For perpendicular direction to the magnetic field, X waves
dominate and the spectrum of electron cyclotron emission
is obtained using Fourier transform spectroscopy [11].

Where
is the observable angular frequency interval. For
tokamak plasma < 1
,
> 10 ),
and
hence the Rayleigh-Jeans approximation holds:
( )=

( )

( )

(14)

In these cases the plasma is said to be optically thick for


that radiation. So Te can be estimated from the intensity.
As is shown on the Figure 4, the most important intensity
corresponds to second harmonic for either O-mode or Xmode. In other cases where the absorption is not strong, the
plasma is said to be optically thin and the ECE intensity
from that layer is a function of its electron density as well
as temperature.

Figure5: Scheme for measuring the intensity of wave emission from


plasma fusion (Michelson interferometer systems).

Suppose plasma emits a single frequency and the field at


detector due to beam reflected off stationary mirror
=

(16)

Field at detector due to beam reflected off moving mirror


4

International Journal of Emerging Technology and Advanced Engineering


Website: www.ijetae.com (ISSN 2250-2459, Volume 2, Issue 8, August 2012)
=

( ( + )

(17)

devices such as tokamaks determine the spectral range of


the EC emission.

The output of the square-law detector is


(

) =4

=4

1+

The optical depth decreases with increasing harmonic


number and depends on the electron density and, in a hot
plasma, on the electron temperature. In most fusion
plasmas, the first harmonic in ordinary mode and the first
and second harmonics in extraordinary mode are optically
thick in the bulk plasma.

(18)

The low-frequency part is


REFERENCES
=2

(1 +

(19)
[1] Mandrin. 1999, Production de plasma et dmarrage du courant du

).
Express this as an intensity we find = ( )(1 +
The plasma emits a range of frequencies. Using a similar
approach we write:

tokamak TCV avec lassistance donde cyclotron lectronique, LRP


541/99, ISSN 0458-5895.

[2] Swanson. D.G. 1989, Plasma Waves, Academic Press, San Diego.
[3] Pochelon. A. 1994, Electron cyclotron resonance heating, 36Th

( )=

( )(1 +

Course of the Association Vaudoise des chercheurs en physique,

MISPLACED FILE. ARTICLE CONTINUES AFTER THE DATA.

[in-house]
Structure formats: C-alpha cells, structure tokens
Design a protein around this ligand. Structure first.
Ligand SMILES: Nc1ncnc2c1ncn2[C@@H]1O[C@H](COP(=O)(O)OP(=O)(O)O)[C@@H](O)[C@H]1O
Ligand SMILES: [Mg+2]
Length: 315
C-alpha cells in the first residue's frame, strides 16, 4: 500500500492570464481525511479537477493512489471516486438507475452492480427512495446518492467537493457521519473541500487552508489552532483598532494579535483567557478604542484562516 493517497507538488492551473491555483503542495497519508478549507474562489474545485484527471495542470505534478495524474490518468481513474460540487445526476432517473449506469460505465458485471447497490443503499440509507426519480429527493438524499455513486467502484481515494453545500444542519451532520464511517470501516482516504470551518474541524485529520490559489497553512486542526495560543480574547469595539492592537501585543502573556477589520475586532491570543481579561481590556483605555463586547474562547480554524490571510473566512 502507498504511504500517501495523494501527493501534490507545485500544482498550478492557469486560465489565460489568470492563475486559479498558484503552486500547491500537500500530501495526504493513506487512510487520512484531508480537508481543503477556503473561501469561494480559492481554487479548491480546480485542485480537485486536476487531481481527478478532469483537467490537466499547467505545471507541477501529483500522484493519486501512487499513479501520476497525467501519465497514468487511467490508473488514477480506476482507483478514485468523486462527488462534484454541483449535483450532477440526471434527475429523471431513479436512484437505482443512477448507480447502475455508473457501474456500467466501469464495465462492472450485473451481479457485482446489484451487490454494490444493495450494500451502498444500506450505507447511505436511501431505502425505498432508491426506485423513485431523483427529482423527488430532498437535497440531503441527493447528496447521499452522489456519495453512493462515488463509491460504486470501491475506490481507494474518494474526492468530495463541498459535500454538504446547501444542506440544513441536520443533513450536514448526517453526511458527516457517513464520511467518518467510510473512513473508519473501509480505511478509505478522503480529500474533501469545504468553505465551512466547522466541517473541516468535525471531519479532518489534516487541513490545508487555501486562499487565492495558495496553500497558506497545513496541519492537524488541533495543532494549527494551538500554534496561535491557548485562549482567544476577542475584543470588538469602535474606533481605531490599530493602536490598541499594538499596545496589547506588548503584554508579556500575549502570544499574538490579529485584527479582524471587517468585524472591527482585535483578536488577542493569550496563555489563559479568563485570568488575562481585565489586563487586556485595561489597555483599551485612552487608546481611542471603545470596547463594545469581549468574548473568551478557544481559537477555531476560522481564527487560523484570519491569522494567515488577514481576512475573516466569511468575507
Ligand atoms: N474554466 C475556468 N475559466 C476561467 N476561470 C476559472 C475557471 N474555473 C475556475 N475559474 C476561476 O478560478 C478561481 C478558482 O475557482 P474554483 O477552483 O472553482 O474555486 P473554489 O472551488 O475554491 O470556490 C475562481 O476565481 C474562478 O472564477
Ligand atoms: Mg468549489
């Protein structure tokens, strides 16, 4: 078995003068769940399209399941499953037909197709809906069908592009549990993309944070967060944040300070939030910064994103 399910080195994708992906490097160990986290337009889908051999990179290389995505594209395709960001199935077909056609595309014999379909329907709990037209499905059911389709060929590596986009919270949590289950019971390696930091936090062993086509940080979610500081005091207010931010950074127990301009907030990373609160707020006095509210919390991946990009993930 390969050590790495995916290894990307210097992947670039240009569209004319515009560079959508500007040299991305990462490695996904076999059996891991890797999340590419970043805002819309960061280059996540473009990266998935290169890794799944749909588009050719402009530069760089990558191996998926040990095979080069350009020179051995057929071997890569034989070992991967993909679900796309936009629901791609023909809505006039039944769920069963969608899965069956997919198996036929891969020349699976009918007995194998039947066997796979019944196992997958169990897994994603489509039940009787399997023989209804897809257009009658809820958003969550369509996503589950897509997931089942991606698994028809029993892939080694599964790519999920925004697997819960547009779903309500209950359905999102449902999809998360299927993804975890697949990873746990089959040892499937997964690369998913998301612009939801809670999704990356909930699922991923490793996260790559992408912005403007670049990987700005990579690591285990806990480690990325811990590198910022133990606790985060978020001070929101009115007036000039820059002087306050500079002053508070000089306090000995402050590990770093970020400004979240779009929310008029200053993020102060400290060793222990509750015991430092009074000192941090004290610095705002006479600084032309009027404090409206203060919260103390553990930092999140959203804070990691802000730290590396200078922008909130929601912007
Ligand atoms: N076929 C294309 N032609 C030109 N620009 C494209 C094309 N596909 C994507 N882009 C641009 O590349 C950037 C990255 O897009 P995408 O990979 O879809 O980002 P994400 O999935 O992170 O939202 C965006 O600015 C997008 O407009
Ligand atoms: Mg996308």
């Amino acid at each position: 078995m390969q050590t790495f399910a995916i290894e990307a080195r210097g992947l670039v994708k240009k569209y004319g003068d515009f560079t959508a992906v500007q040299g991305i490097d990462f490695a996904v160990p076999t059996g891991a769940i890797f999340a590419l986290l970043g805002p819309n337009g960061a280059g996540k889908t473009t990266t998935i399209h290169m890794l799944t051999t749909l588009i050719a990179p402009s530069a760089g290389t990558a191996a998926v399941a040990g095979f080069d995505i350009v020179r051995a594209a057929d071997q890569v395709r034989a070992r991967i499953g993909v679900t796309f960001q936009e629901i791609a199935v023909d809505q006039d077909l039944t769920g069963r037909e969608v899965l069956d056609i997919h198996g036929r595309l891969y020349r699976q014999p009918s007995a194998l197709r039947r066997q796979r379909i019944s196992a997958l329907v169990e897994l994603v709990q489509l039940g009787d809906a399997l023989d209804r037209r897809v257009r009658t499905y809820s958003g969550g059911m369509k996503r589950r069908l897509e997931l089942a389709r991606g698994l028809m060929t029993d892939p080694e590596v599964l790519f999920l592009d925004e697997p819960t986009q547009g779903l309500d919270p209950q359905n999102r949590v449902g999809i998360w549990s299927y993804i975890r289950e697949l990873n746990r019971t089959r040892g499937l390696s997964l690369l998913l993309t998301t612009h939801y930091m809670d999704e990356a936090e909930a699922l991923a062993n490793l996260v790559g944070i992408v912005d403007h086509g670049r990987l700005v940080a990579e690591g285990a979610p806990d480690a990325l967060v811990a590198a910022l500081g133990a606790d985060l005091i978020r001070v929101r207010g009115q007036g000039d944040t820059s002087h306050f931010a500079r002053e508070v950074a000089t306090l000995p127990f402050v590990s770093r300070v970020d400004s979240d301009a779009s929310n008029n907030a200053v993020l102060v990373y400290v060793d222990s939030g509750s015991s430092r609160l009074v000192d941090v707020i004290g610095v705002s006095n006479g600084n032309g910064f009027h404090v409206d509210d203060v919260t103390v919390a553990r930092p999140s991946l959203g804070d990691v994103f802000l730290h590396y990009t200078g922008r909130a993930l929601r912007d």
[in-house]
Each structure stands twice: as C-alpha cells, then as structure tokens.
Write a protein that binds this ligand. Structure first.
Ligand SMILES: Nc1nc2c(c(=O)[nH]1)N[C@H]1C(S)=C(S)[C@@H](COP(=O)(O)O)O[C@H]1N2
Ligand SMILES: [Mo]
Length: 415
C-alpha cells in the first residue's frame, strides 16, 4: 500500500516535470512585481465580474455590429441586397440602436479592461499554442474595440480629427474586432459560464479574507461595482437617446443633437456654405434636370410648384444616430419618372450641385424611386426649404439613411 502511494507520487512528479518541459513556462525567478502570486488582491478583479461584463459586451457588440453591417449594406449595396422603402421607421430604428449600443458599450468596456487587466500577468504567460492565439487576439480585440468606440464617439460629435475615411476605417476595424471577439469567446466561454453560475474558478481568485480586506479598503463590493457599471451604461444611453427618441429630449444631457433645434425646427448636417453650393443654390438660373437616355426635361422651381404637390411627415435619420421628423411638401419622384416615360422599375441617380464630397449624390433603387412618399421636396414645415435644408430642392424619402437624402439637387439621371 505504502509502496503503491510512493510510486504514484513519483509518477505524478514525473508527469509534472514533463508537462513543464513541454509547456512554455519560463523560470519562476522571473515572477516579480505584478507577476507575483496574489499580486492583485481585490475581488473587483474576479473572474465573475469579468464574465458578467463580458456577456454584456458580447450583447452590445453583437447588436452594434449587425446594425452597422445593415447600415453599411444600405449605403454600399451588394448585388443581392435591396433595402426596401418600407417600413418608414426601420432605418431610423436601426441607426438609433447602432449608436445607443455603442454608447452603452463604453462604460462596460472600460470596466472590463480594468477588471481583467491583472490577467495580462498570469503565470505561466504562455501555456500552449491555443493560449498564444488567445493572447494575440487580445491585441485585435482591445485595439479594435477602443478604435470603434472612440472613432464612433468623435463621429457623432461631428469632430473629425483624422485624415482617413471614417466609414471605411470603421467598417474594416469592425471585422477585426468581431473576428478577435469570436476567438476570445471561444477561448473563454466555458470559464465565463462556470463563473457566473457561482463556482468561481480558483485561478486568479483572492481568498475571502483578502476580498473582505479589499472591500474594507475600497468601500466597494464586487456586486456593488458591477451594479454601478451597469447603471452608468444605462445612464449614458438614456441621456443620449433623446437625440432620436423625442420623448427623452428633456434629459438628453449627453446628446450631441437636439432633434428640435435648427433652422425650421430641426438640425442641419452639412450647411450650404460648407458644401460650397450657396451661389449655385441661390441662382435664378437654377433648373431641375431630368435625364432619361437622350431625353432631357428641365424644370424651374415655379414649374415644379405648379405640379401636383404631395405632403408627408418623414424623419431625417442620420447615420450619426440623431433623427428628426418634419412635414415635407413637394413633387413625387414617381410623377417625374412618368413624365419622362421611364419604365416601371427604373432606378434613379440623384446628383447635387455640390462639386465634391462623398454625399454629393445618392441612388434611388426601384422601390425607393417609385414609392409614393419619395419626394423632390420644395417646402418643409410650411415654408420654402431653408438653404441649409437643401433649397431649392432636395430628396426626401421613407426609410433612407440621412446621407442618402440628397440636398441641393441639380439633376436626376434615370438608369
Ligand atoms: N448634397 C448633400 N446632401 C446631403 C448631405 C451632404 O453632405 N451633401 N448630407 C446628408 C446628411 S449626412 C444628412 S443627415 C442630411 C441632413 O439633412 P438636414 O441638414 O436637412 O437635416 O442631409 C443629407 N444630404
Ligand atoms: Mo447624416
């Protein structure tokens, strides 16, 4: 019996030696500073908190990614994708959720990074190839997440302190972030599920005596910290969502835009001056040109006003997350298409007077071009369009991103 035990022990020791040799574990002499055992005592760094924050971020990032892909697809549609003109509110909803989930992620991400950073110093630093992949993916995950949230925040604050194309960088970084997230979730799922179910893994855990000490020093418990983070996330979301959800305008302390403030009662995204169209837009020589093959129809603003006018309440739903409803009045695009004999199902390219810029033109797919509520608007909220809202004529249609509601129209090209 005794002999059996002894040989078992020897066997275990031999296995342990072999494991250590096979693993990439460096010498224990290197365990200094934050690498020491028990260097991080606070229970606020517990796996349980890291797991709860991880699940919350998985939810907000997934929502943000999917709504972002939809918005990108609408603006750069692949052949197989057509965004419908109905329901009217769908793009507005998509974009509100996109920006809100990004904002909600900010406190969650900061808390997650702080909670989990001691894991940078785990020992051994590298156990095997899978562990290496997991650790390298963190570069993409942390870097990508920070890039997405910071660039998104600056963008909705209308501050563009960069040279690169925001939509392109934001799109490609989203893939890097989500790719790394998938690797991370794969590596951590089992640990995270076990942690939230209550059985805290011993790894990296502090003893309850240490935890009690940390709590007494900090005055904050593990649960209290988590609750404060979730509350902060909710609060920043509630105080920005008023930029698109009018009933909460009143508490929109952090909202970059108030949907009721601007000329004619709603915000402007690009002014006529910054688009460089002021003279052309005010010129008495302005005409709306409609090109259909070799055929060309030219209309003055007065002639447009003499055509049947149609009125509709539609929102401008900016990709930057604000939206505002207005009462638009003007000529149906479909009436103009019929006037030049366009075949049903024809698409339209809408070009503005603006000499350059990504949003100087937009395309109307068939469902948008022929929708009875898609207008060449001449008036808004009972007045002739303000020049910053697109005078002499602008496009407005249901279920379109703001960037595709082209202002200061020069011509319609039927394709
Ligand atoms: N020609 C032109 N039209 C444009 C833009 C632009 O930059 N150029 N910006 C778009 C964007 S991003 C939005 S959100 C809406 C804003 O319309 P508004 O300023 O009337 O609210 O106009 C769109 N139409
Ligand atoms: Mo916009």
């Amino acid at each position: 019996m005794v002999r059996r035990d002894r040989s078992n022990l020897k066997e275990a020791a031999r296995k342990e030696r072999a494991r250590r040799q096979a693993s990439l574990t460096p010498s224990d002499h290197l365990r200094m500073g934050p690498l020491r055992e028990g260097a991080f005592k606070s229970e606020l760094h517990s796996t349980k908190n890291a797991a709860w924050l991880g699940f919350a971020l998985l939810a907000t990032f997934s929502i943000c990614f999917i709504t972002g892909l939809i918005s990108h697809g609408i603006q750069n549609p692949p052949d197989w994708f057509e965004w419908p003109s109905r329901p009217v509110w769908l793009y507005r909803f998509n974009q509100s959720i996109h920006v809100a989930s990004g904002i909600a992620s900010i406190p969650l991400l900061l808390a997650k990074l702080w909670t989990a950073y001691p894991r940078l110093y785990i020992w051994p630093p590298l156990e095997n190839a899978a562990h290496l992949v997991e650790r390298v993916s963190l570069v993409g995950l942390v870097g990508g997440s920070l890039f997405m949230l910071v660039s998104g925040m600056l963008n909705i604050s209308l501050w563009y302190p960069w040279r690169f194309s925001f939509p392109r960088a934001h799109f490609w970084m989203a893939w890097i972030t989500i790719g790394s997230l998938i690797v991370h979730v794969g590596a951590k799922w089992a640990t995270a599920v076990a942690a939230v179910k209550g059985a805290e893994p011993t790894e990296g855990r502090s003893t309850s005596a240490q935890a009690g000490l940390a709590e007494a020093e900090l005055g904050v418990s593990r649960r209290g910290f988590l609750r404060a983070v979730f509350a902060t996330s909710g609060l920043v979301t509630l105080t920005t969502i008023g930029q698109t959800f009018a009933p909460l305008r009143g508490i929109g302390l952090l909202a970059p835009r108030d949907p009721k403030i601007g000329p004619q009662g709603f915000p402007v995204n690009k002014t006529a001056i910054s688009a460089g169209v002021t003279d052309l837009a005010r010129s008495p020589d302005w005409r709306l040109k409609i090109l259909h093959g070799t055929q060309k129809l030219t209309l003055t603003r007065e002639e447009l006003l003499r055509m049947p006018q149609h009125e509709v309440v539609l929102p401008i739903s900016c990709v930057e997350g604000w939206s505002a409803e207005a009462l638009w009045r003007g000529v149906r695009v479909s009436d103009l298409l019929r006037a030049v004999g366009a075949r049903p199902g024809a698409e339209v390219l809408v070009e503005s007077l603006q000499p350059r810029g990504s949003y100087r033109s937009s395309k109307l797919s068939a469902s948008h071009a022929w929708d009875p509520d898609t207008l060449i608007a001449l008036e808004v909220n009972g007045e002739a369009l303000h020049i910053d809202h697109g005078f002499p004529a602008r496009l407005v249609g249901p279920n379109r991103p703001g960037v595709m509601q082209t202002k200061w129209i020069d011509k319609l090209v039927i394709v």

LRP 505/94

(20)

[4] Baea. Y. S. Namkung. W. 2004, Plasma Sheath Lab, Theory of

Where ( ) is the spectrum. In a measurement, ( ) is


recorded for a range of , the average value is subtracted
out leaving what is called the interferogram. This is the
Fourier transform
( )=

( ).

Waves in Plasmas.

[5] Sabri N.G. 2010 ; Etude de la Propagation dune Onde


Electromagntique dans un Plasma de Tokamak- Interaction Onde
Plasma ; Thse de Doctorat, U .T, 200 pages.

[6] Stix. T. H. 1962, The Theory of Plasma Waves (Mc-Graw-Hill),


New York.

(21)

[7] Tsironis. C, Vlahos. L. 2006, Effect of nonlinear waveparticle


interaction on electron-cyclotron absorption, Plasma Phys. Control.
Fusion 48 12971310.

To obtain the spectrum ( ); we carry out the inverse


transform

[8] Westerhof. E. 2006, Electron Cyclotron Waves, Transactions of


Fusion Science and Technology Vol. 49 .

( )=

( ).

[9] Sabri. N.G. ; Benouaz. T., Cheknane. A. 2009, Transfers of

(22)

Electromagnetic Energy in Homogeneous Plasma, International


Review of Physics, Vol.3, N.1, pp.11-15.

V. SUMMARY

[10] Arnoux.

G. 2005; Chauffage de plasma par ondes


lectromagntiques la troisime harmonique de la frquence
cyclotron des lectrons dans le tokamak TCV ; Doctorat.

The electrons, in a tokamak plasma are confined by


total helicoidal magnetic field gyrate around the field lines.
These gyrating electrons emit electromagnetic radiations
known as electron cyclotron emission ECE at the cyclotron
resonance frequency and its harmonics. These frequencies
fall in the millimeter wave region of electromagnetic
spectrum.

[11] Bilek. M. 2003; Course of applied plasma physic, Chp7, School of


physics, university of Sydney.

[12] Zolfaghani. A.M. 1994, Electron Cyclotron Emission Fluctuation


Diagnostics on JET and PBX-M Tokamaks, Massachusetts Institute
of Technology, PhD thesis.

[13] Suttrop. W. 1997, Electron Cyclotron Emission Plasma


Diagnostics.

[14] Hartfuss. H. J., Geist. T. and Hirsch. M. 1997; Heterodyne methods


in millimeter wave plasma diagnostics with applications to ECE,
interferometry and reflectometry, Plasma Phys. Control. Fusion 39
16931769. Printed in the UK.

The main diagnostic aim of time-resolved spectroscopy of


electron cyclotron emission is to determine the evolution of
the electron temperature profile as a function of time. The
toroidal magnetic field and the aspect ratio of fusion